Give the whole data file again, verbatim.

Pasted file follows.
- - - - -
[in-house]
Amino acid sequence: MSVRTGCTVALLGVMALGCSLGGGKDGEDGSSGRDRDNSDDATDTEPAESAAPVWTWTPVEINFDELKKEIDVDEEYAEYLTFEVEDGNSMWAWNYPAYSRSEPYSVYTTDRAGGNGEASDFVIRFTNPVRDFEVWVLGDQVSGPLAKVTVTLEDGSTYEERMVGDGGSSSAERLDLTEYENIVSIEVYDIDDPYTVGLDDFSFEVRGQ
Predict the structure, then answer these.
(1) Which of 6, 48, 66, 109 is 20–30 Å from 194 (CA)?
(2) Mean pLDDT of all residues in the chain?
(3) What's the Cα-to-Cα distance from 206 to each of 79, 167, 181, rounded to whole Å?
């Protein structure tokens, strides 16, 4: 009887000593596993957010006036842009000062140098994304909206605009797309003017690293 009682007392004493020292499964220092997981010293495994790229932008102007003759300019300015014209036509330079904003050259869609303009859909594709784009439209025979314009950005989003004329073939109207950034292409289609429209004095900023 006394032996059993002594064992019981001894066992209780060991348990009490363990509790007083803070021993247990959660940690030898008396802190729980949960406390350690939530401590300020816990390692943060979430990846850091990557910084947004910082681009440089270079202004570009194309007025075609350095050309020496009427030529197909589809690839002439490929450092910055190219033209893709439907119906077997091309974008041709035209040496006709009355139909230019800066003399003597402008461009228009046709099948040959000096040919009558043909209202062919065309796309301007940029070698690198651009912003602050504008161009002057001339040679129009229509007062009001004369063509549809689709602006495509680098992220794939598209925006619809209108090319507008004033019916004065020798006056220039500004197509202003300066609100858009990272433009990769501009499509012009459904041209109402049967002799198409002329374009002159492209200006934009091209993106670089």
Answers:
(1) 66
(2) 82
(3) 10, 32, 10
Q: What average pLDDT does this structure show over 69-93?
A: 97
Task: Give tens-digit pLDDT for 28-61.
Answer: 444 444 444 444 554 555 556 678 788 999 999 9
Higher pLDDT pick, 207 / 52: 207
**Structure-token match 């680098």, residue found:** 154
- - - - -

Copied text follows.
[in-house]
Amino acid sequence: MSVRTGCTVALLGVMALGCSLGGGKDGEDGSSGRDRDNSDDATDTEPAESAAPVWTWTPVEINFDELKKEIDVDEEYAEYLTFEVEDGNSMWAWNYPAYSRSEPYSVYTTDRAGGNGEASDFVIRFTNPVRDFEVWVLGDQVSGPLAKVTVTLEDGSTYEERMVGDGGSSSAERLDLTEYENIVSIEVYDIDDPYTVGLDDFSFEVRGQ
Predict the structure, then answer these.
(1) Which of 6, 48, 66, 109 is 20–30 Å from 194 (CA)?
(2) Mean pLDDT of all residues in the chain?
(3) What's the Cα-to-Cα distance from 206 to each of 79, 167, 181, rounded to whole Å?
């Protein structure tokens, strides 16, 4: 009887000593596993957010006036842009000062140098994304909206605009797309003017690293 009682007392004493020292499964220092997981010293495994790229932008102007003759300019300015014209036509330079904003050259869609303009859909594709784009439209025979314009950005989003004329073939109207950034292409289609429209004095900023 006394032996059993002594064992019981001894066992209780060991348990009490363990509790007083803070021993247990959660940690030898008396802190729980949960406390350690939530401590300020816990390692943060979430990846850091990557910084947004910082681009440089270079202004570009194309007025075609350095050309020496009427030529197909589809690839002439490929450092910055190219033209893709439907119906077997091309974008041709035209040496006709009355139909230019800066003399003597402008461009228009046709099948040959000096040919009558043909209202062919065309796309301007940029070698690198651009912003602050504008161009002057001339040679129009229509007062009001004369063509549809689709602006495509680098992220794939598209925006619809209108090319507008004033019916004065020798006056220039500004197509202003300066609100858009990272433009990769501009499509012009459904041209109402049967002799198409002329374009002159492209200006934009091209993106670089």
Answers:
(1) 66
(2) 82
(3) 10, 32, 10
Q: What average pLDDT does this structure show over 69-93?
A: 97
Task: Give tens-digit pLDDT for 28-61.
Answer: 444 444 444 444 554 555 556 678 788 999 999 9
Higher pLDDT pick, 207 / 52: 207
**Structure-token match 């680098």, residue found:** 154